Rebooted PC Sockets

Posted on 1997-05-23
Last Modified: 2013-12-23
We have a SunOS 5.5.1 box running Oracle 7.2 that PCs connect to.  The users can submit ad-hoc queries.  When they enter a bad one, i.e. one that would finish well into the 21st century, they sometimes think the PC is hung and reboot and/or power off the PC.

This query then continues to run wasting even more resources since there would not even be a way for the results to be returned.  What parameters can be set using ndd so that the kernel would detect via the keep_alive packet process on the socket and clean it up?  Aside from the idle timer and keep alive stuff, are there any other options in TCP/IP?

The Oracle stuff that can be set up seems to just ping the IP address associated with the socket.  Unless you set this value to some very small period of time, it would only be luck that the PC was not back up and happily responding to the ICMP packets.
Question by:tgast
  • 2

Expert Comment

ID: 1582093

i've never worked with Oracle, so don't know how effective could be setting a short interval for its ping call.

About TCP/IP in general, you usually should not play with kernel settings, since they affect any of your TCP/IP connections (even Netscape could start behaving strange).
Neither enabling KeepAlive would work, since the default timeout is about a couple of hours (unless, again, you change default kernel settings).

So it seems that you basically have two options:

1. see if setting up ping in Oracle would work;

2. if you have control on the client code, make a server program on the server box which works as a bridge between clients and Oracle server;
the server program should just pass incoming requests to the Oracle server, then send back answers to clients;
the advantage is that this program may send a few bytes to the client side, at specified intervals, and check for EPIPE or SIGPIPE in case the connection has been closed.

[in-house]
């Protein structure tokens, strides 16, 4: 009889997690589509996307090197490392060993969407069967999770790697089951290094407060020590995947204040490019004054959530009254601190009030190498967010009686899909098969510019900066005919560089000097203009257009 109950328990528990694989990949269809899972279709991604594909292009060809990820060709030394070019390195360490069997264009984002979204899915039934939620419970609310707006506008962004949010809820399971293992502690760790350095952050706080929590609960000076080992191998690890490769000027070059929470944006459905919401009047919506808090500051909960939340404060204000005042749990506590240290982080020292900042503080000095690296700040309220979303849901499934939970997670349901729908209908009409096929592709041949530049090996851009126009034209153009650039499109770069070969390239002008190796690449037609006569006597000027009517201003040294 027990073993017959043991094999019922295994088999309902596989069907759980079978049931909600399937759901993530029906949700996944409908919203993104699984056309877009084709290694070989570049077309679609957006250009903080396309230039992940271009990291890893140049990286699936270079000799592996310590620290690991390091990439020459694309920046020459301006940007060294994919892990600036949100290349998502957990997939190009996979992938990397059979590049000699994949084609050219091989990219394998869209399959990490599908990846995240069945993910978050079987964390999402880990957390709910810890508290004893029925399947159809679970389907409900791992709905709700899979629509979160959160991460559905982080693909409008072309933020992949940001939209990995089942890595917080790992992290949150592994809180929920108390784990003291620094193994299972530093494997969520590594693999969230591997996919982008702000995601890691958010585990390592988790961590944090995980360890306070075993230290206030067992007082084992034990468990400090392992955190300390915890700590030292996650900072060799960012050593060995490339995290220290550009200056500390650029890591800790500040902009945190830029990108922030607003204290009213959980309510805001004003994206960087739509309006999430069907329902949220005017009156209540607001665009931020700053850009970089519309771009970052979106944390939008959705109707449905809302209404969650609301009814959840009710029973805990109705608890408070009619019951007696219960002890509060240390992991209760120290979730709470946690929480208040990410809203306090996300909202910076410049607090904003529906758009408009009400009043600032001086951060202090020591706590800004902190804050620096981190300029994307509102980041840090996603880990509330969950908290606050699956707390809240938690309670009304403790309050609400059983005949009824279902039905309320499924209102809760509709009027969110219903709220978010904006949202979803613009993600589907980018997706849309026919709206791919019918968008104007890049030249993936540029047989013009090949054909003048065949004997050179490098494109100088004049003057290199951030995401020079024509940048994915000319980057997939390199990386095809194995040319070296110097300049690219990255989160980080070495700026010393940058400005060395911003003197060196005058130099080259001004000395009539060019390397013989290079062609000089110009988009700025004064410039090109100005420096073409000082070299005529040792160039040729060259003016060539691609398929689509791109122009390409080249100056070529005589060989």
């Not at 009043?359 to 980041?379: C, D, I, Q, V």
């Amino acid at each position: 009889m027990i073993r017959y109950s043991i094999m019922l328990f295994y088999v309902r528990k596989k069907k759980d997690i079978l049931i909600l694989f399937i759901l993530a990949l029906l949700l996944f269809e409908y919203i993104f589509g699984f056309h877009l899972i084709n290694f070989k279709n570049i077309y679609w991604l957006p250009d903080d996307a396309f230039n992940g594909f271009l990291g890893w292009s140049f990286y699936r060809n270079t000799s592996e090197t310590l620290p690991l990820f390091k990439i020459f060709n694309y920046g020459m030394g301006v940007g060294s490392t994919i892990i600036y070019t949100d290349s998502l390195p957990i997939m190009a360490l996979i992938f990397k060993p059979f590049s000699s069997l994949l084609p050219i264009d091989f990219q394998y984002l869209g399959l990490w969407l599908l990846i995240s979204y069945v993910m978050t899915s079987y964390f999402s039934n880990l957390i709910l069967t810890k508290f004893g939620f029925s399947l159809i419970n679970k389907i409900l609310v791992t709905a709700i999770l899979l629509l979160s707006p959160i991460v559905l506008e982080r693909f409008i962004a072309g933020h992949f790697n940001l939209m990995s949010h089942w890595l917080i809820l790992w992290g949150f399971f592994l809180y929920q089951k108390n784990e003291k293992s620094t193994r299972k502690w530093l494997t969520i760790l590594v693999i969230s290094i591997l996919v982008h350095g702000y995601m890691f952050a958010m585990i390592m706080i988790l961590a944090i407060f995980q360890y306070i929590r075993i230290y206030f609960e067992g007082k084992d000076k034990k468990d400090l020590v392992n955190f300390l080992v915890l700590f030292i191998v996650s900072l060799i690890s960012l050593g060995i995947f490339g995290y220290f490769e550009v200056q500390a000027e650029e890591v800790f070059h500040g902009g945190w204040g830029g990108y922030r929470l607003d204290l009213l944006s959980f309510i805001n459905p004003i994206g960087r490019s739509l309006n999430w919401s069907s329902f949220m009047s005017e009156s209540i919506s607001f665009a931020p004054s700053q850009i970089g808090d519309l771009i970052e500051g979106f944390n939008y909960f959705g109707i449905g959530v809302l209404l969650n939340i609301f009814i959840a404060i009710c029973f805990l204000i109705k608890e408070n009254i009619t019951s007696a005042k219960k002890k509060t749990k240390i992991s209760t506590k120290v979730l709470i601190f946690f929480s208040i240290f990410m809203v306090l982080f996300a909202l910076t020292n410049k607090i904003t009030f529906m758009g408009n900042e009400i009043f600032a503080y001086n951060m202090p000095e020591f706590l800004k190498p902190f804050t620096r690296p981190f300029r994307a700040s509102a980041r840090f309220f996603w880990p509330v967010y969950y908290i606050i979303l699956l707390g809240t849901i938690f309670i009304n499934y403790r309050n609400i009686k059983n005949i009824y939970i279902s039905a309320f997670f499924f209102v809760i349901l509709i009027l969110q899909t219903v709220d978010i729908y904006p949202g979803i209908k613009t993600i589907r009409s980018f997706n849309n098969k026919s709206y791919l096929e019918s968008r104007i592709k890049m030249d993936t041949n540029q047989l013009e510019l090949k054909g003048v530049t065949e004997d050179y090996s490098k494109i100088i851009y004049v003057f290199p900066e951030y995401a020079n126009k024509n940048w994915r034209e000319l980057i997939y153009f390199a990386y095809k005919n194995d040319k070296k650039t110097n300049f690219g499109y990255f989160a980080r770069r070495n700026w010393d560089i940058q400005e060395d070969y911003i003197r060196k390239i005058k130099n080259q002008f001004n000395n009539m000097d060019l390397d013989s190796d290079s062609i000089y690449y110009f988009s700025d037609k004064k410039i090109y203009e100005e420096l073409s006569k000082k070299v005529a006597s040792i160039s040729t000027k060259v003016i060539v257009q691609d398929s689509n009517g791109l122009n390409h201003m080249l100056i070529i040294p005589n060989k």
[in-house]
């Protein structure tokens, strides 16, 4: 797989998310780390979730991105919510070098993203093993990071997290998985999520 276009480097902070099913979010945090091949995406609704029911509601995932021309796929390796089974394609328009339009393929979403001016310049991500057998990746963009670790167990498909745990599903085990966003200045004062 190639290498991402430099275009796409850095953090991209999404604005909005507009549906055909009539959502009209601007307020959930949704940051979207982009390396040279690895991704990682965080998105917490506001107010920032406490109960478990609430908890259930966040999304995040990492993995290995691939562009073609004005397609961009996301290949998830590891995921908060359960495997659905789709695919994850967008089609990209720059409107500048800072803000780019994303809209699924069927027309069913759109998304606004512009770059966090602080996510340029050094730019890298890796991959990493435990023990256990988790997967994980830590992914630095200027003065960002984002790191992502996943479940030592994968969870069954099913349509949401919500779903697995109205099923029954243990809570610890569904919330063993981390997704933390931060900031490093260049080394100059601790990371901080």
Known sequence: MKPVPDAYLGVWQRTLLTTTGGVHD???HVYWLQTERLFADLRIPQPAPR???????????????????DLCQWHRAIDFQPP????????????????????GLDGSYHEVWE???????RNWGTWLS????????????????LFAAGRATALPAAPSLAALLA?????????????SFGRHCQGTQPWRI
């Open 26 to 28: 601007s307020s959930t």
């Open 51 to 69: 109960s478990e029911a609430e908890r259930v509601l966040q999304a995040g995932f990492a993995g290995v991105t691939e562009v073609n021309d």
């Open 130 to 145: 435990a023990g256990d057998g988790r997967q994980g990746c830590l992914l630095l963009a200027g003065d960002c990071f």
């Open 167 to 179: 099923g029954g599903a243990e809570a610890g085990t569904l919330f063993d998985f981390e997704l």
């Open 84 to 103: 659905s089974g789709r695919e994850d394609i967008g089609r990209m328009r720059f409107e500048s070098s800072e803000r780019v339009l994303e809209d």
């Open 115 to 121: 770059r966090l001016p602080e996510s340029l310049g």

You need control on the client program to handle and skip these extra bytes.

If you would be happy with this, but don't know how to write the code, i could send you some sample on how to set up this 'custom_keep_alive' routine (C language).

Cheers, julio

Author Comment

ID: 1582094
I am not too much concerned with changing the kernel settings as they would just make socket cleanup of dead connections slightly more aggressive.  Going from the 2 hours or so I have seen as default on other UNIX variants to 15 minutes would help quite a bit.  I believe that with the relatively few number of socket connections to this system the additional overhead would be unnoticed.

I am really just looking for a good defintion of all the ndd paramters and exactly what they do.  Second to that, just a good definition and description of the ones to affect just this problem.

Also, the client software is embedded in PeopleSoft ...  Enough said?

Thanks for the input.  It is much appreciated.

Accepted Solution

albertp earned 200 total points
ID: 1582095
Hi, if your server accepts requests via the inetd daemon, you
can determine connection's keep alive without modify the kernet
and without that ndd.

You can user tcp_wrappers, from Wietse Venema (
You can install this soft (is easy) and then you will  control
time-outs directly from hosts.allow and hosts.deny files,
individualy for any server (telnets too) without any complication.
By default, Linux has got it installed.

Rgds, albertp

Author Comment

ID: 1582096
That would indeed be a very nice way to isolate that socket number.  I will have to see if it is an option to put this into inetd.  It may not be as bringing up and down the Oracle server is maintained by a process scheduler and this very well may be unacceptable to operations.  It is probably possible to use the wrapper stuff outside of inetd though.

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